Sunday, March 8, 2009

Update On So-Called Stewardship Training: Church and Change Board Member Jeff Davis



Church and Change board member Jeff Davis works with Ron Roth, one of the patriarchs of Church Growth in WELS.



The things I learn each day!

Jeff Davis' stewardship training consists of raising money for a percentage of the loot, about 3 to 4%! Holy Moley! (Bruce Church will call Holy Moley a typo and tell me I meant to say Holy Money. However, there is an ancient Greek herb used with pagan religious rights. Holey moley is kosher, in a manner of speaking.)

This is the Code of Ethics for Fund Raising Counsel. Note the part in red:

Code of EthicsFRCI adheres to the standards of practice and code of ethics, as outlined by the Giving Institute (formerly the American Association of Fund Raising Counsel--AAFRC).

Standards of Practice


•FRCI provides service to non-profit organizations that serve the public’s best interest.
•FRCI engages clients that represent the broadest interests of society such as: religious, educational, health care, human service, arts, cultural, humanitarian, environmental, international, and other organizations benefiting humankind.
•FRCI offers services which advance the goals of a client and which directly relate to philanthropy, such as studies, campaign management, annual development programs, planned giving, strategic planning, direct mail, telemarketing, management services, executive search, public relations, marketing and communications, software developers, organization development/management, prospect research, and training. FRCI and its principals participate in the philanthropic community.
Professional Code of Ethics


•FRCI believes it is in the best interest of our clients that:
•Initial meetings with prospective clients should not be construed as services for which payment is expected.
•No payments of special consideration should be made to an officer, director, trustee, employee, or advisor of a not-for-profit organization as compensation for influencing the selection of fundraising counsel.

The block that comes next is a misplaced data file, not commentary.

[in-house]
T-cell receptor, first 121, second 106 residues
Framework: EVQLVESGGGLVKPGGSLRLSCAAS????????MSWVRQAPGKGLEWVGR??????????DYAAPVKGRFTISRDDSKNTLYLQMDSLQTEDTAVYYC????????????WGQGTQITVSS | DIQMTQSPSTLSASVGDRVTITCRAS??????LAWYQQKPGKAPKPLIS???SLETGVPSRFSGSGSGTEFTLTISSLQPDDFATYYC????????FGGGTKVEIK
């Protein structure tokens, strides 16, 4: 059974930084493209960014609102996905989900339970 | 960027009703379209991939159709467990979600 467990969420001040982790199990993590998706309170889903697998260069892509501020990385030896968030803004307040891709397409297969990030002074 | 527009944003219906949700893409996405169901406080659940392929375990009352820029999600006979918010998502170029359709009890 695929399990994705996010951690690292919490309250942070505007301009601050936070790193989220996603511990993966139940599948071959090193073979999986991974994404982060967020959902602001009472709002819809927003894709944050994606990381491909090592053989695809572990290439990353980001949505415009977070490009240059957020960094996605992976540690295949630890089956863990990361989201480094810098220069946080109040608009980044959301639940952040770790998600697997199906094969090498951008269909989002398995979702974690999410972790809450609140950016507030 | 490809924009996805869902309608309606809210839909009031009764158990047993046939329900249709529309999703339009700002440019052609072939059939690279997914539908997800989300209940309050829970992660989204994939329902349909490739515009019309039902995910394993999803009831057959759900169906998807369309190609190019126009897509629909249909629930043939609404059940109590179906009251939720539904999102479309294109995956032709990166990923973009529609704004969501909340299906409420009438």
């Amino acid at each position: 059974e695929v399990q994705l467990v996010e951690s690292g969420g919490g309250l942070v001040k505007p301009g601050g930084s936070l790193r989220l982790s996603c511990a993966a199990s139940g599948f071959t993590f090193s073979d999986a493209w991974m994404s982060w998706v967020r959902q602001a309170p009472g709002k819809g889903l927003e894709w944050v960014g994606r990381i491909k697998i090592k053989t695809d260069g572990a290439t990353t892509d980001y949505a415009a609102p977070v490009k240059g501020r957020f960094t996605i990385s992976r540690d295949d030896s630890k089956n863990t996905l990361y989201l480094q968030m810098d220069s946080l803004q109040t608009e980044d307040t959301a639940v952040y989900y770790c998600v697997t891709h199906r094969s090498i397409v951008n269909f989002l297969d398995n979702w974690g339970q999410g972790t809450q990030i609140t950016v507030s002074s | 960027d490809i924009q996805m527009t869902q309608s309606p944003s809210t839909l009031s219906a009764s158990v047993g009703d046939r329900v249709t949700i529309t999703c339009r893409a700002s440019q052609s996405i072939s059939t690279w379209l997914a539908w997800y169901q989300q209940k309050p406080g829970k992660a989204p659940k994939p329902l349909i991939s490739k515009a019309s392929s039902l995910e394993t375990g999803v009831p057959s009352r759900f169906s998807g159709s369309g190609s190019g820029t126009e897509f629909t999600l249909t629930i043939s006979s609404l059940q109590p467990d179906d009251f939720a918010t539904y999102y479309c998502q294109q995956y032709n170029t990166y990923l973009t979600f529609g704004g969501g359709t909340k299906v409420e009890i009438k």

•No payments of special consideration should be made to an officer, director, trustee, employee, or advisor of a not-for-profit organization as compensation for influencing the selection of fundraising counsel.
•Fees should be mutually agreed upon in advance of services.
A flat, fixed fee is charged based on the level and extent of professional services provided. Fees are not based on the amount of charitable income raised or expected to be raised.
•Contracts providing for a contingent fee, a commission, or a fee based on percentage of funds raised are prohibited. Such contracts are harmful to the relationship between the donor and the institution and detrimental to the financial health of the client organization.
•Fundraising expenditures are within the authority and control of the not-for-profit organization.
•FRCI feels it is in the best interest of clients that solicitation of gifts is undertaken by Board members, staff and other volunteers.
•Subsequent to analysis or study, FRCI should engage a client only when the best interest of the client is served.
•FRCI should not profit directly or indirectly from materials provided by others, but billed to the FRCI, without disclosure to the client.
•FRCI does not engage in methods that are misleading to the public or harmful to their clients; do not make exaggerated claims of past achievement; and do not guarantee results of promise to helps clients achieve goals.
•Any potential conflict of interest should be disclosed by the firm to clients and prospective clients.